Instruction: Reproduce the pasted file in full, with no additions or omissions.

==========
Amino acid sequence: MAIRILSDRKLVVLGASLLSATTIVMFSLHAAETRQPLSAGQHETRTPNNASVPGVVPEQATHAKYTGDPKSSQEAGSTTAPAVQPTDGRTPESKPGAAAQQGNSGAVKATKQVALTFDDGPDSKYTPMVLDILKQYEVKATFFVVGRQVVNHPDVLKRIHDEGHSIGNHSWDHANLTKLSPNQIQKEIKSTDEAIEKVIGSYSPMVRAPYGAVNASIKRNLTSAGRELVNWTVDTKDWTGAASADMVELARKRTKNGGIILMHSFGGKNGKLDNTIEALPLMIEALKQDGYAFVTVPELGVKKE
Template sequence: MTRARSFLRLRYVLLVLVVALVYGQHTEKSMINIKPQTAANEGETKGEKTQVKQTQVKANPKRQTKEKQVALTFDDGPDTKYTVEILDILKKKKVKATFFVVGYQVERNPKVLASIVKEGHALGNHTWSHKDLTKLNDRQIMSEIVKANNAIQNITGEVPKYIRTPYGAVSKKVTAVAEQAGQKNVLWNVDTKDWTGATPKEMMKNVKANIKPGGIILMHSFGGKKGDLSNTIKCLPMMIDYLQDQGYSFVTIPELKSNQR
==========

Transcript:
Amino acid sequence: MAIRILSDRKLVVLGASLLSATTIVMFSLHAAETRQPLSAGQHETRTPNNASVPGVVPEQATHAKYTGDPKSSQEAGSTTAPAVQPTDGRTPESKPGAAAQQGNSGAVKATKQVALTFDDGPDSKYTPMVLDILKQYEVKATFFVVGRQVVNHPDVLKRIHDEGHSIGNHSWDHANLTKLSPNQIQKEIKSTDEAIEKVIGSYSPMVRAPYGAVNASIKRNLTSAGRELVNWTVDTKDWTGAASADMVELARKRTKNGGIILMHSFGGKNGKLDNTIEALPLMIEALKQDGYAFVTVPELGVKKE
Template sequence: MTRARSFLRLRYVLLVLVVALVYGQHTEKSMINIKPQTAANEGETKGEKTQVKQTQVKANPKRQTKEKQVALTFDDGPDTKYTVEILDILKKKKVKATFFVVGYQVERNPKVLASIVKEGHALGNHTWSHKDLTKLNDRQIMSEIVKANNAIQNITGEVPKYIRTPYGAVSKKVTAVAEQAGQKNVLWNVDTKDWTGATPKEMMKNVKANIKPGGIILMHSFGGKKGDLSNTIKCLPMMIDYLQDQGYSFVTIPELKSNQR